In Pursuit of Alternatives to War:

Peace campaigning in the Eighties.  A chronicle from Wrexham


Owen Hardwicke has served as a Catholic priest in Wales since 1954 and has combined this with being actively involved in the peace movement –at times a difficult combination when the church was less than positive concerning the Bomb.  A wartime conscientious objector, he has been involved in much work with CND’s international committee and also served for two years in Pax Christi’s U.K. office as General Secretary.  Locally, he helped to establish a vigorous peace group at Wrexham, and from his wide reading and personal experiences provided a regular ‘Comments and Quotes’ broadsheet alongside the group’s regular newsletter. His book is a valuable record of peace campaigning in the 80s, and contains extensive quotes from his C&Q articles. 

Though the topic could hardly be more serious, the writing is in a good-humoured, accessible style, and is leavened further by many excellent cartoons.

Many of the subjects will of course be familiar to KPN readers, but it is good to see the topics analysed so clearly.  History will no doubt decide that the problem posed by the Bomb has been badly and dangerously handled by our generation (our very survival has owed more to good luck than good judgement), and this careful account of the blunders and missed opportunities may anger or depress the reader at times, but on the other hand, the sub-text of so many campaigners dedicated to finding another way to security rather than the blind confrontation of the arms race is both reassuring and comforting.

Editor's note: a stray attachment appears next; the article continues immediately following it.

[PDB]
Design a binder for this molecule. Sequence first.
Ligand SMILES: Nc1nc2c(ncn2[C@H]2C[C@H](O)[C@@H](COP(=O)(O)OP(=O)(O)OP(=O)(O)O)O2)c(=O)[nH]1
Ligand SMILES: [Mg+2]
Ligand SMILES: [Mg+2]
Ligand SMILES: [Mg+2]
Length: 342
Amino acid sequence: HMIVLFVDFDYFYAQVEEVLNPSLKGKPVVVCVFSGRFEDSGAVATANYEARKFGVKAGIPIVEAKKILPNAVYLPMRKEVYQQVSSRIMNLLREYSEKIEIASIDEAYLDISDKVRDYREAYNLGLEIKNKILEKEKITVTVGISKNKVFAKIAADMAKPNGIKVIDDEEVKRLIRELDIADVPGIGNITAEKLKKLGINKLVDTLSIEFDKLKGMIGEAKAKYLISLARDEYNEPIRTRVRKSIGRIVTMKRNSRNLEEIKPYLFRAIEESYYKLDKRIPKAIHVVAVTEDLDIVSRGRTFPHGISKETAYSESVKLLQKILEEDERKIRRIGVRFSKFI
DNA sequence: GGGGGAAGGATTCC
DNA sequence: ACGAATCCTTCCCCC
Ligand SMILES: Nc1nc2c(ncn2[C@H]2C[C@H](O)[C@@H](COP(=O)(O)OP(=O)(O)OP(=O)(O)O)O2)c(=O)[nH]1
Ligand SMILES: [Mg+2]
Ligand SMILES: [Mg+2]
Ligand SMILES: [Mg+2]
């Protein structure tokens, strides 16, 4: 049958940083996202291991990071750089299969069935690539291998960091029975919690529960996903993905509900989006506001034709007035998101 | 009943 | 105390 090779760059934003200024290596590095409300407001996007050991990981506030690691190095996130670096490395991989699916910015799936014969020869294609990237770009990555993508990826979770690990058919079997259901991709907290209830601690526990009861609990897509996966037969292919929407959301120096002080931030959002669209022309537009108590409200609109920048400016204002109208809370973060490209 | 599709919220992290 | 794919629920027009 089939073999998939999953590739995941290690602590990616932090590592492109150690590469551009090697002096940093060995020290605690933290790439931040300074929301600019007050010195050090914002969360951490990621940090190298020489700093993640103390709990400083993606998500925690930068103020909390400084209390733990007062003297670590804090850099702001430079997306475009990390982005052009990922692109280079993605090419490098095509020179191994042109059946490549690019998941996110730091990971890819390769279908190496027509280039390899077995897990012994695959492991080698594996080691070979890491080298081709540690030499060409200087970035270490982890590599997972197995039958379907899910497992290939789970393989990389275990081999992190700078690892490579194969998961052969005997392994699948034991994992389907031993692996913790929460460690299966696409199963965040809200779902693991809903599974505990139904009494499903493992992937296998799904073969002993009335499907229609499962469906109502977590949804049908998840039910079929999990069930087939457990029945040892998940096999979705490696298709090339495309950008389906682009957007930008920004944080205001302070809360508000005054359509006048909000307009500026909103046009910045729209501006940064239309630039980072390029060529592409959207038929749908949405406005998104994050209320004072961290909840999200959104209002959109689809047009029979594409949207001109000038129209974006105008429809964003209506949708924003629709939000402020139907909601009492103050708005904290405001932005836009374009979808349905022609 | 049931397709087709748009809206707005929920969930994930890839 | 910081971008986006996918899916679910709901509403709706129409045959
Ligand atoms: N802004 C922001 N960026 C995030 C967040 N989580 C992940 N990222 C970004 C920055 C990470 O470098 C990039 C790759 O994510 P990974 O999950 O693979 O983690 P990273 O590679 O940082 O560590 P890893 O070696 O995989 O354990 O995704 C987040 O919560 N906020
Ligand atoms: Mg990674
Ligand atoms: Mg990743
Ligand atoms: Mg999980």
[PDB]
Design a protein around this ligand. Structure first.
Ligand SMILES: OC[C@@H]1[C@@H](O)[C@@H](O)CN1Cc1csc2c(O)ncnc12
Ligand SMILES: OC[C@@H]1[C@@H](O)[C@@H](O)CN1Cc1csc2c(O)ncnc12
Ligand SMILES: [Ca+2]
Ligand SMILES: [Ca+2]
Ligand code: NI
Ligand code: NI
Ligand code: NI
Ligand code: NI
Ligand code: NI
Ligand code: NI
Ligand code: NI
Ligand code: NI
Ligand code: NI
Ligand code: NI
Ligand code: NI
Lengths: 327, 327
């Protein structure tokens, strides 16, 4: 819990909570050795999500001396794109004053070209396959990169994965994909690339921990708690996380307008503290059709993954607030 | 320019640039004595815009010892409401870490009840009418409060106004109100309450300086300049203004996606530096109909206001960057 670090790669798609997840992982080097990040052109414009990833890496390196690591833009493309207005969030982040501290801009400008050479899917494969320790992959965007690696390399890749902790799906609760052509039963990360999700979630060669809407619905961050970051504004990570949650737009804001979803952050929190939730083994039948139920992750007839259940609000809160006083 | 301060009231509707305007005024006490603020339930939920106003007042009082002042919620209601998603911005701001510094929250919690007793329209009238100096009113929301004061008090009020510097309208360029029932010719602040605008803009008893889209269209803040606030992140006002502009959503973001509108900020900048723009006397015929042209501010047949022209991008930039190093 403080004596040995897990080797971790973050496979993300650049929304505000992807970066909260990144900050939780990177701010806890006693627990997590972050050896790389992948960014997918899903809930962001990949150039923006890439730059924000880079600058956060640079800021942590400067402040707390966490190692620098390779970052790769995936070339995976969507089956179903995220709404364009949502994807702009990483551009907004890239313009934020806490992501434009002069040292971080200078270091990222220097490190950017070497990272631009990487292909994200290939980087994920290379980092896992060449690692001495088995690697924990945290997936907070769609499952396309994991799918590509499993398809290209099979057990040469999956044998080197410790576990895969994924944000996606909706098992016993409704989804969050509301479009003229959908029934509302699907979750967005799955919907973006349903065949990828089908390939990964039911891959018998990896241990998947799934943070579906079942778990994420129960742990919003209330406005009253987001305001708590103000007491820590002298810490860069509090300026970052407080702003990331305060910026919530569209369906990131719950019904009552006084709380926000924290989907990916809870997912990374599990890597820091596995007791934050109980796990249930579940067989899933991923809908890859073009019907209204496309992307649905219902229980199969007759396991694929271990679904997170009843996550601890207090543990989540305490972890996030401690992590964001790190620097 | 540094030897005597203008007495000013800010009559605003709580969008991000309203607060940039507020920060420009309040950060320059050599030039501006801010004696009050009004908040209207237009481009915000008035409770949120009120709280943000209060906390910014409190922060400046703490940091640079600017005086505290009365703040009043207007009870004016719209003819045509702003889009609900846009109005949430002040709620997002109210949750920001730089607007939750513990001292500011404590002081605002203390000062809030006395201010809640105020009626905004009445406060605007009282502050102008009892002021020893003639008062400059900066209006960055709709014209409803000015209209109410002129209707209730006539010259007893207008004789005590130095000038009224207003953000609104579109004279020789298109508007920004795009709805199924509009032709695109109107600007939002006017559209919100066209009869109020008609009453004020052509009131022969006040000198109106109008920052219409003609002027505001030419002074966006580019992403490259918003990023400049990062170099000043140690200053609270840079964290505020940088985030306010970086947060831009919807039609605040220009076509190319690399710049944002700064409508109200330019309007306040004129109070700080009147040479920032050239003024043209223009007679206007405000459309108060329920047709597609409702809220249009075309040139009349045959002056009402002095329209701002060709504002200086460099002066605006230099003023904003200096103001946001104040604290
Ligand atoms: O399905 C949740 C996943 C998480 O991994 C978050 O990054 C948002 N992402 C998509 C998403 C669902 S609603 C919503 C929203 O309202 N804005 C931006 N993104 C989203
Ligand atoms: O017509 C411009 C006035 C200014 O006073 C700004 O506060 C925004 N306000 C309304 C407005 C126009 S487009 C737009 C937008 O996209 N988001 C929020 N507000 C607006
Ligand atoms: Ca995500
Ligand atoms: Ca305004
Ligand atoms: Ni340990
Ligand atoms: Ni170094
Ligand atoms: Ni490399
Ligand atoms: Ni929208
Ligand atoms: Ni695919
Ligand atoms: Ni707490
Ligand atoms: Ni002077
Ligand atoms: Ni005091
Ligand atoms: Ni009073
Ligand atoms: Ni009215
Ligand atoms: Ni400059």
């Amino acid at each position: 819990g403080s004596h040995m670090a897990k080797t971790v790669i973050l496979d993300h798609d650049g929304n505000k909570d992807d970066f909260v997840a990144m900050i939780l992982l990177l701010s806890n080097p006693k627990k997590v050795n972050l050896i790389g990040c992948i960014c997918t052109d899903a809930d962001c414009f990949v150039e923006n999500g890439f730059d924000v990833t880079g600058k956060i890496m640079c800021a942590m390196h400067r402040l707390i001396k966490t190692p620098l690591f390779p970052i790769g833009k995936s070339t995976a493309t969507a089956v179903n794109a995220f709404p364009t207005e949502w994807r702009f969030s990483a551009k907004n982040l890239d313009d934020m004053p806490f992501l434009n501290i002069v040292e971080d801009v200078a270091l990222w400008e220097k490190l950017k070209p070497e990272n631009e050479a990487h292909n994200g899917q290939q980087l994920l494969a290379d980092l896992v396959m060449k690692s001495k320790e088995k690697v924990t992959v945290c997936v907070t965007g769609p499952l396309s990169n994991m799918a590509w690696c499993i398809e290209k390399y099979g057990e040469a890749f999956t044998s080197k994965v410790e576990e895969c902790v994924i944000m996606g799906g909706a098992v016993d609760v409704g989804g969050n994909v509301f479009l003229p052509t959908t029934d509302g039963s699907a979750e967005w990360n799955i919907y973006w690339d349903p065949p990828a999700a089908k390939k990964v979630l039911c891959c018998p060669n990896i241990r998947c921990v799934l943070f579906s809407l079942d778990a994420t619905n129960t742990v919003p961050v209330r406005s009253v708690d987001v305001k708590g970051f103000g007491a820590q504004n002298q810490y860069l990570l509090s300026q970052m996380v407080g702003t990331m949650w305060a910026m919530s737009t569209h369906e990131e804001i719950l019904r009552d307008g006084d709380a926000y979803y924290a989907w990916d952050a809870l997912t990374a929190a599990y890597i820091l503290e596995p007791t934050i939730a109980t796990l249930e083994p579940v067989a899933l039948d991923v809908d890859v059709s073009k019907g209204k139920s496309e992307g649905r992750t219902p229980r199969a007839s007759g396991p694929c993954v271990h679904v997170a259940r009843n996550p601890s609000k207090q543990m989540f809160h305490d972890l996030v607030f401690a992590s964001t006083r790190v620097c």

I would recommend the book heartily to KPN readers.  I would recommend it even more strongly to the general, unconvinced public.  Today’s world, it is said, is different from that of the 80s, but the basic problem of how to abolish war remains unsolved.  In addition to being an absorbing document of peace protest in the dangerous 80s, Owen Hardwicke’s book remains relevant to the problem of war.  Though the Cold War is generally considered as over, submarines armed with nuclear missiles still patrol the seas, and land-based ICBMs remain on hair-trigger alert in both the remaining ‘superpower’ and its former adversary, demonstrating that the underlying cause of war has not been addressed.  In our own unstable and dangerous times, instead of the Cold War we have the war on terror, which threatens to become permanent, and humanitarian wars, and pre-emptive wars.  Moreover, the method of security via mutual understanding, genuine cooperation rather than military confrontation, so well described in Hardwicke’s book, remains virtually untried.  History has amply shown that militarism is no promoter of security – the time to give peaceful methods a chance is long overdue.

You can order the book direct from Owen Hardwicke, Wrexham Peace and Justice, PO Box 661, Wrexham LL11 1QU, for £9, which includes £1.50 post and packing, or from any bookshop, ISBN 1-84494-024-1, for £9.50.

(By the way, our member Lib Rowlands-Hughes gets a mention in the section devoted to non-violent direct action.  Her interesting pre-sentencing statement after a ‘snowball’ wire-cutting action is quoted at length.)